You Are What You Eat: How Your Diet Can Help You Succeed in School

An assortment of small bowls containing healthy food items such as vegetablesSome of us may have been trained since pre-school that “You are what you eat.” For most, it’s just a phrase—something memorized so early on in life, that we really didn’t give it much thought to what it actually meant—very much like a nursery rhyme or some catchy commercial tune that’s subconsciously embedded in our heads. 

You are what you eat. 

What exactly does that mean? 

Whatever you eat, your body consumes it. Your body is going to process it into one of three things: fuel, waste, or fat. 

Fuel, Fat, & Waste 

Very much like a vehicle needs fuel to operate, your body needs food to function well. Your body will process all of the nutrients out of the food you eat and use it as fuel to recharge your body and keep it healthy. When your body has reached its capacity of food, the body then turns the rest of it into waste. Now, your body can only process so much waste at a time. The food that has already been consumed that is no longer needed for nutrients and cannot be processed for waste in time is left to just sit there and do nothing…which over time turns into fat. Fat brings about weight gain and weight gain can cause fatigue making you move less and feeling less energized. 

How Fatigue Affects Your Study Habits 

Feeling less energized can have a negative affect on your academic studies.

Let’s take the holiday season for example. During the holiday season, everyone is cooking and baking his/her specialty dishes and you want to sample them all! And you do! So what generally happens when you overeat? You go to sleep. Why?

Even if you have eaten and have stocked up on all of your bodily nutrients, but you’re still eating, then you’ve over-eaten and you’re putting your body under more work of trying to process the food that you’ve consumed. You go to sleep because your body is working overtime trying to process all of the food that you’ve over-eaten. So during the holiday season, school is out so you really don’t have to worry about any academic studies, but if you’re over-eating throughout the school year, you’ll soon find that you may be too tired and/or sleepy (fatigued) to read multiple chapters from a textbook, much less remember them for exam time. 

So Are You What You Eat? 

So when it’s said that “you are what you eat,” it doesn’t necessarily mean that if you eat a chicken, then you are a chicken. However, by consuming the chicken, you are ingesting whatever that chicken has eaten to keep itself alive. For instance, some chickens live off corn. They eat corn to get all of the nutrients out of it. And what they cannot digest is laid to waste. If the chicken is pumped with hormones to make it plumper, then you’re also consuming those hormones. That is why it’s becoming increasingly important to look at the type of foods that you’re eating.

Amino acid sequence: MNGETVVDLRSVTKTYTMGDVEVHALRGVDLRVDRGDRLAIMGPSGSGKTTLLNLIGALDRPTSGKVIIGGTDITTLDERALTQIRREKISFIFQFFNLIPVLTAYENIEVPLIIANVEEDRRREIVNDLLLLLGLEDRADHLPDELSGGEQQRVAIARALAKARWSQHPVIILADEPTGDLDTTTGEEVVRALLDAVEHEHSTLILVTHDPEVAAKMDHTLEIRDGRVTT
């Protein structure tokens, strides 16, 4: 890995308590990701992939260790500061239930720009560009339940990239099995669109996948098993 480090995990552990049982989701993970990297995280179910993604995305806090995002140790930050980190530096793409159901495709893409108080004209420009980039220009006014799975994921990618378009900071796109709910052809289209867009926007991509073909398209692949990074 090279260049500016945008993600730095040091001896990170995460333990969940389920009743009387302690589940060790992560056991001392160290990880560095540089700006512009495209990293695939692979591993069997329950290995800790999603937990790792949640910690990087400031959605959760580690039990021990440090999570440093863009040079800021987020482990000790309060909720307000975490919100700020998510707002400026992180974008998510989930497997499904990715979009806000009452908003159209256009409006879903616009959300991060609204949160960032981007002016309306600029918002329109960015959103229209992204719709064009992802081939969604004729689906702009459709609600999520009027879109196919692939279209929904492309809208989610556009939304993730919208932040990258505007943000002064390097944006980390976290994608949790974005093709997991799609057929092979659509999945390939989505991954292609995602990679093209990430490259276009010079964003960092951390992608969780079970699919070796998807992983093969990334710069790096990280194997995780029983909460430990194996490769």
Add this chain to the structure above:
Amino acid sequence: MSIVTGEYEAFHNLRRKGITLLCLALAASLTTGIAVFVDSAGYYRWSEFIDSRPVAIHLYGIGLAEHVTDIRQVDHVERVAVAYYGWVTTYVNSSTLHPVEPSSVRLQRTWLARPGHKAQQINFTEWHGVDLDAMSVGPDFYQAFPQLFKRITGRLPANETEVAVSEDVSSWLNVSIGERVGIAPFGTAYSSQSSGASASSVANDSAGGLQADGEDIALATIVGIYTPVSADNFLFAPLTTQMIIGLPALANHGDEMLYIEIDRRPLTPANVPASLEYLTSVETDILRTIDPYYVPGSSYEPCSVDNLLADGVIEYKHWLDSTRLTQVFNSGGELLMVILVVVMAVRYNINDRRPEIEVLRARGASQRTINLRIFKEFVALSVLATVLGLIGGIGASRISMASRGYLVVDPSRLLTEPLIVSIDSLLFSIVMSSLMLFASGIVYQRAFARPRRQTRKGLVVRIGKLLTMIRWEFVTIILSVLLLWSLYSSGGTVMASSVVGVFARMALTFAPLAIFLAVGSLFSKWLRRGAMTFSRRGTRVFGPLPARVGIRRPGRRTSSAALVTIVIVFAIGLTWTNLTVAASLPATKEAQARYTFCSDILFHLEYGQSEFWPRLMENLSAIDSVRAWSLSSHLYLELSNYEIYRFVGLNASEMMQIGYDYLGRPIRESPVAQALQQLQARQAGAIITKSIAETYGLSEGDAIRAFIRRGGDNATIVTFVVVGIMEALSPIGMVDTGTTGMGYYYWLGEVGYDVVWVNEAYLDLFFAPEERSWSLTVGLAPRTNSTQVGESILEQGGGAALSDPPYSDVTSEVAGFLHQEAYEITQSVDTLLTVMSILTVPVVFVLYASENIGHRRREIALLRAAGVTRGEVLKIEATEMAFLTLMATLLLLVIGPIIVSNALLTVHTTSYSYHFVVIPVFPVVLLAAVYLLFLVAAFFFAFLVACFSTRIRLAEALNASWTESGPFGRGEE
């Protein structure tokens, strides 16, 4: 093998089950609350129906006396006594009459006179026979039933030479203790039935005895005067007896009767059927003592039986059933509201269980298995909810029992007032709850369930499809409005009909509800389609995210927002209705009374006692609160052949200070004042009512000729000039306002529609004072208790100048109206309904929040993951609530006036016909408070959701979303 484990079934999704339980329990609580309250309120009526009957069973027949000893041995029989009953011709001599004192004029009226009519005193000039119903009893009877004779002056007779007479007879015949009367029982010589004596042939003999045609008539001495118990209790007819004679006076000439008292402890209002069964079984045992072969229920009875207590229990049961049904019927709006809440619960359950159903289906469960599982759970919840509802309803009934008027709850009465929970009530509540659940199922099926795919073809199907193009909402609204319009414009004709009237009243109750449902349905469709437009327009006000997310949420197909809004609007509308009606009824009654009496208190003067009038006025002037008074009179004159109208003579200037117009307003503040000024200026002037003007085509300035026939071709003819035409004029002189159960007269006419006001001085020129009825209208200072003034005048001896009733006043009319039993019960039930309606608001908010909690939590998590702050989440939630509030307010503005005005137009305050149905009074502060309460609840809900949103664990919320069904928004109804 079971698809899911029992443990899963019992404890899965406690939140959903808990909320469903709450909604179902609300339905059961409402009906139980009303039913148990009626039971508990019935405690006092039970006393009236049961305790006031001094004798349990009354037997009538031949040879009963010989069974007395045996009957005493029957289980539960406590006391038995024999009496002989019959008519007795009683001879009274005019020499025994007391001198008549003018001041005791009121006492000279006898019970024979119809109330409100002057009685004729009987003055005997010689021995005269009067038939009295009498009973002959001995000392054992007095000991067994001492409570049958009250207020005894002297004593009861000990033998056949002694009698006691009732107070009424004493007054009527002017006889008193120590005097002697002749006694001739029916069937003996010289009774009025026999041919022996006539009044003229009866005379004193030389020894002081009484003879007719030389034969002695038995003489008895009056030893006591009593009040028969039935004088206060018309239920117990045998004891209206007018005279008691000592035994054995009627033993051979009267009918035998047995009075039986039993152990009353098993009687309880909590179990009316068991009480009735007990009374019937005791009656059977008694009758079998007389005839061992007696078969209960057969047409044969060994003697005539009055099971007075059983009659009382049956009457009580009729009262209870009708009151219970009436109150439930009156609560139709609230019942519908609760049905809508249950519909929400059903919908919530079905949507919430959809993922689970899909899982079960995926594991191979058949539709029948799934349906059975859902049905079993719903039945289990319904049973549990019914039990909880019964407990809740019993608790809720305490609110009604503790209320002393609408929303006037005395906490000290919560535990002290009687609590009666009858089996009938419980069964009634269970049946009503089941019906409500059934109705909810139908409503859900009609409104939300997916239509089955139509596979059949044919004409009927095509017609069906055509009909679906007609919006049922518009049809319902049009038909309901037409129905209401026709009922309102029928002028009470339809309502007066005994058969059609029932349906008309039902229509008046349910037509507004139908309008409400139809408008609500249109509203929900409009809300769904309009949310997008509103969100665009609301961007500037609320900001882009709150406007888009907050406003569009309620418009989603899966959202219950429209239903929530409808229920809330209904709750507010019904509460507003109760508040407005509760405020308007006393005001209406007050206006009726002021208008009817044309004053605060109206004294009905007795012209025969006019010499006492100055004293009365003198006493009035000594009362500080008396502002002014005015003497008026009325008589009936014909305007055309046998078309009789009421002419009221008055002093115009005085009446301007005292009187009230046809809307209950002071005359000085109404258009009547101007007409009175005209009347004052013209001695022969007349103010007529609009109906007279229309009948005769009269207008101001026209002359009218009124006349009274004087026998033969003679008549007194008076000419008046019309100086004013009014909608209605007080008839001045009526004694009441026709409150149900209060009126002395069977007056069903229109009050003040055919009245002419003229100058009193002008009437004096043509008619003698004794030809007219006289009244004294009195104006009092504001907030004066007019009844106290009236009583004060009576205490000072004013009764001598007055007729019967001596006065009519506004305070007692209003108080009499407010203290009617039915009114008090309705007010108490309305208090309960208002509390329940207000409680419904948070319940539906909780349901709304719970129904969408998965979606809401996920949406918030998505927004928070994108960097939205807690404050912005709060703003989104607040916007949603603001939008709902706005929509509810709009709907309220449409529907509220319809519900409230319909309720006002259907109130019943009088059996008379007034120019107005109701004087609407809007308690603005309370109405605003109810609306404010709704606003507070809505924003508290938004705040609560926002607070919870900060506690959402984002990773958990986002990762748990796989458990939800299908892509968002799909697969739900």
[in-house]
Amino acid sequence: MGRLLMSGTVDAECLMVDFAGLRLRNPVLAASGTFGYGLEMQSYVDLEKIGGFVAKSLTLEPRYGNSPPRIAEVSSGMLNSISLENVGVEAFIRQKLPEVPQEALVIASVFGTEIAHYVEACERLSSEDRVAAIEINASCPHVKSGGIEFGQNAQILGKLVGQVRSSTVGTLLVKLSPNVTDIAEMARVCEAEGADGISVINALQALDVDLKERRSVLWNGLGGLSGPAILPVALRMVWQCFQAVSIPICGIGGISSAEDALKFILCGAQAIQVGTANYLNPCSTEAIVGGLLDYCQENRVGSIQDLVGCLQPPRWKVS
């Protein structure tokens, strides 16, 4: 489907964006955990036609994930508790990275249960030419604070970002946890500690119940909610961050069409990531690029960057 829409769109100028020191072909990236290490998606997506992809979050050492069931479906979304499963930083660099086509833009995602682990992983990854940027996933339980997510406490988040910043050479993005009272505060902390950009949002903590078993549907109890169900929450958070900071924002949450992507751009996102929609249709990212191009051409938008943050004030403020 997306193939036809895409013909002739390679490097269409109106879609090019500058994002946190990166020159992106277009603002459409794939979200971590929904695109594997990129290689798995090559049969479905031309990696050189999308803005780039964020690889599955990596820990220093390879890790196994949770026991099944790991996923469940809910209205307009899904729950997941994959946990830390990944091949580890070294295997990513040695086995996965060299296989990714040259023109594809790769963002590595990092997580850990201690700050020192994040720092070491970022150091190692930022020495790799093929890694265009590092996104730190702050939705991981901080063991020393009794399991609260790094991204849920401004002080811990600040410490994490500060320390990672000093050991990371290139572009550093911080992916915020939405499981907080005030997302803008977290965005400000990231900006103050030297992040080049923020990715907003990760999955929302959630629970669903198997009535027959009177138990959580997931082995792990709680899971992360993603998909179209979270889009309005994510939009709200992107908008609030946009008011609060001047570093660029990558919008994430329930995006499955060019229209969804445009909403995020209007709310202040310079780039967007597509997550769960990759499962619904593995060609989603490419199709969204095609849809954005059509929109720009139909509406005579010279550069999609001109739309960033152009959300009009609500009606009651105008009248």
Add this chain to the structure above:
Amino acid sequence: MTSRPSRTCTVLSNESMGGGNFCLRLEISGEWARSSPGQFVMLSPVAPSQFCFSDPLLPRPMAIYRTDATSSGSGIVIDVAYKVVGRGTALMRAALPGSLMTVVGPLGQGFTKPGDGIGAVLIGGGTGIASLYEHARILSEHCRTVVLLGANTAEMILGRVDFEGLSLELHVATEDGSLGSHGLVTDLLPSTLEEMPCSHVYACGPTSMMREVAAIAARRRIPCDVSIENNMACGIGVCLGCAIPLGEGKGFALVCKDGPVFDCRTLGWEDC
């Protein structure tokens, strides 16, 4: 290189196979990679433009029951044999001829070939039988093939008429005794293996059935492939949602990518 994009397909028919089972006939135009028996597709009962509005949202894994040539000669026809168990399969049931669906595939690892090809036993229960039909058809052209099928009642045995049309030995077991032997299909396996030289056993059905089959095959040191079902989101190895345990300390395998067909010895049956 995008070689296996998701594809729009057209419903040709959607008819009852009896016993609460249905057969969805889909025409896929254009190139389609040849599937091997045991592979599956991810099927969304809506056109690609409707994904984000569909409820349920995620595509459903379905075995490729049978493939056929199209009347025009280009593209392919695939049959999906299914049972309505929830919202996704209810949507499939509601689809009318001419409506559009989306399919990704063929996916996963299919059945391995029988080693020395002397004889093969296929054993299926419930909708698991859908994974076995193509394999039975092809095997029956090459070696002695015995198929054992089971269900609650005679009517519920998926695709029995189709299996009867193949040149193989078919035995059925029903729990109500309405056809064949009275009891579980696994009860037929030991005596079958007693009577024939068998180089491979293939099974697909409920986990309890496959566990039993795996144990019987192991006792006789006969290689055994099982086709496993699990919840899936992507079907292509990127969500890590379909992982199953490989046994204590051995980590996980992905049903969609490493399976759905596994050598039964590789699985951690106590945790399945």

More and more, you’ll find that food companies are advertising its products as “cage free”, “hormone free”, “no artificial ingredients”, etc. That is because more people are becoming aware of what kinds of foods they are consuming. Having a better understanding about what’s in your food has taken a toll on America as a whole addressing the epidemic of obesity. 

Research on Overeating 

According to Public Health, the “U.S. Department of Agriculture (USDA) reports that the average American ate almost 20% more calories in the year 2000 than they did in 1983.” This has a lot to do with meat consumption and added fats. Consequently, additional research that was published by the World Health Organization found that 11% of the American diet is made up from the consumption of fast food. 

Not So Fast with the Fast Food! 

As a college student, money can be scarce and fast food is cheaper than ever to get these days. For only $2, you can get an entire meal. But what you have to take into consideration is what actually comes with that $2 meal. The additional fats that most fast foods are made up of along with the added sugars from sodas and energy drinks that you might want to guzzle down during mid-terms and finals are all too tempting to consume. But the long-term effects are more likely to outweigh the immediate gratification you’re looking to achieve. 

Beware of the Addictive Need for Fast Food 

This usually leads to an addictive behavior of needing more of the fats and sugars to give you that initial push of energy that you’re looking for—one that is short lived that makes you go into that cycle of buying more and more until you’ve realized only too late that you’ve gained weight. And because you’ve gained weight, you’ll most likely find it a little more challenging to physically move from one place to another because your body is forced to carry more weight. 

So What Does This Have to Do With Succeeding in School? 

Keeping your body fueled with the necessary nutrition it needs to function is critical to helping your mind function well. By staying healthy and energized, you are more likely to have a better chance concentrating on your academic studies. 

Supplying your body with a sufficient amount of nutrients will provide you with just enough energy to stay focused on your academic studies. Portion-control is key. Seeing to it that your body is taking the right amount of fuel will energize your mind that will help you develop healthy study habits and memorization. 

At Florida National University (FNU), we care about your mind and your health. We do what we can to make sure that your academic career is a successful and healthy one! To learn more about our regionally accredited university, visit our webpage and contact an advisor to schedule an appointment today.

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